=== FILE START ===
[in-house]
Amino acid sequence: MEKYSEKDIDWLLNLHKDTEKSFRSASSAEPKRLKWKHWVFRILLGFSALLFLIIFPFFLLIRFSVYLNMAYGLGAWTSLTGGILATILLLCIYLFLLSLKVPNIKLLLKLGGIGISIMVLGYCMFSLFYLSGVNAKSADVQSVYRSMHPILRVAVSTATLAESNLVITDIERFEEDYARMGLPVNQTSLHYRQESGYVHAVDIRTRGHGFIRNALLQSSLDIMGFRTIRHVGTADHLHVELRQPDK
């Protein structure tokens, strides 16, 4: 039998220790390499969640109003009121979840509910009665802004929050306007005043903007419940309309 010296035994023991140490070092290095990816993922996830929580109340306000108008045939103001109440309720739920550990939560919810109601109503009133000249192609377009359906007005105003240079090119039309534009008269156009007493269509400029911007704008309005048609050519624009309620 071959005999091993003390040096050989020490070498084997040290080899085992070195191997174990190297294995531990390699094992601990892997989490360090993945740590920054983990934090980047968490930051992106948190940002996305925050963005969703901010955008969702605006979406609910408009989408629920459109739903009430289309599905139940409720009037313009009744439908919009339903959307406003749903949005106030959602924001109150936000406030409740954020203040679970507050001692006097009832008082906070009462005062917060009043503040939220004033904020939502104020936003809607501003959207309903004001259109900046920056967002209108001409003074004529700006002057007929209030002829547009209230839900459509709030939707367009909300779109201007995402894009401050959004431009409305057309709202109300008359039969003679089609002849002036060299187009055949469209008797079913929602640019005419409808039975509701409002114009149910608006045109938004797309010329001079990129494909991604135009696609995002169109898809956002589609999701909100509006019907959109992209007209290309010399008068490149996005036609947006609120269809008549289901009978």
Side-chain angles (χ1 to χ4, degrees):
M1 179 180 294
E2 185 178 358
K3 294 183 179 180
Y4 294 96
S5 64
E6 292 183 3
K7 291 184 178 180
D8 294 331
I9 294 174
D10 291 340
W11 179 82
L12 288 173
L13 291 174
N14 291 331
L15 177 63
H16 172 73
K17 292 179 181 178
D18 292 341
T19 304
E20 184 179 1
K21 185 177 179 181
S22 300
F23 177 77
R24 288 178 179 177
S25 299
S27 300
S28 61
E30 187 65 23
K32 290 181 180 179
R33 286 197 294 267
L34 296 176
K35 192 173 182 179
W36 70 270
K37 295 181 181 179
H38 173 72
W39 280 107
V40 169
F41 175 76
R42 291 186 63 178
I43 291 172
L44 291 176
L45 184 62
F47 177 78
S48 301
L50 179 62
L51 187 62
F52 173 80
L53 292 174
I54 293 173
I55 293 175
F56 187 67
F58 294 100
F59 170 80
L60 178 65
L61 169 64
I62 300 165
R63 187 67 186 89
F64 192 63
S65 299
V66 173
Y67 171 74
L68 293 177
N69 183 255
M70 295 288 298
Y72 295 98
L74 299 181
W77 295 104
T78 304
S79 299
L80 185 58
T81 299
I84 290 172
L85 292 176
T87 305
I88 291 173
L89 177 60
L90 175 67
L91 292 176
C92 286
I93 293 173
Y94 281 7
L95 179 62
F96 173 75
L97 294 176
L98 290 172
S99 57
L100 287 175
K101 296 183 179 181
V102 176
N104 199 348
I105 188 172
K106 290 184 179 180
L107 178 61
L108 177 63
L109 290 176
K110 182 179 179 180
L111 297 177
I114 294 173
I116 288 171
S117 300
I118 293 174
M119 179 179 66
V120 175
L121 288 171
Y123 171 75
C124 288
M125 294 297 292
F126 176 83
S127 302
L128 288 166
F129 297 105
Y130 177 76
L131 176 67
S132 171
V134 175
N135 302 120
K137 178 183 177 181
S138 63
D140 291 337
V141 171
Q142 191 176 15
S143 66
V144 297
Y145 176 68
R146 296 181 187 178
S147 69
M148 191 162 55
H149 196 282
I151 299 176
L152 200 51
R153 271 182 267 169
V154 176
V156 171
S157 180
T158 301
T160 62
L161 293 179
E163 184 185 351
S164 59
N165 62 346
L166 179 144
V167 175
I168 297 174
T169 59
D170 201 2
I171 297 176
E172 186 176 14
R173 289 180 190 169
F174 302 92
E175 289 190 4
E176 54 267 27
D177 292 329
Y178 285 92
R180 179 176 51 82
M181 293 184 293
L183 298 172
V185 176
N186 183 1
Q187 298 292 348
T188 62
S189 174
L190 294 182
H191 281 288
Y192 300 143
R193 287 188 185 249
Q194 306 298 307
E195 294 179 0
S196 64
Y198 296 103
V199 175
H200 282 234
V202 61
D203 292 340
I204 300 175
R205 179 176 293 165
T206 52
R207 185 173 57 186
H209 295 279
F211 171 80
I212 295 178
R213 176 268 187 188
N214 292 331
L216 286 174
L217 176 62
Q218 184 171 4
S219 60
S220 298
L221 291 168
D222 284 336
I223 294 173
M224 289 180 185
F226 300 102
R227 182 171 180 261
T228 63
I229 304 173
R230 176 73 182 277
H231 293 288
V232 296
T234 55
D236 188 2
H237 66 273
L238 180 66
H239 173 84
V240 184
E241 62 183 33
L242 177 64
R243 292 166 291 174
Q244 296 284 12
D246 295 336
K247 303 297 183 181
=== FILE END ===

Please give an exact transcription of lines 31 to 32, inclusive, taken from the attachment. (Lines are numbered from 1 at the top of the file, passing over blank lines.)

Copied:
S28 61
E30 187 65 23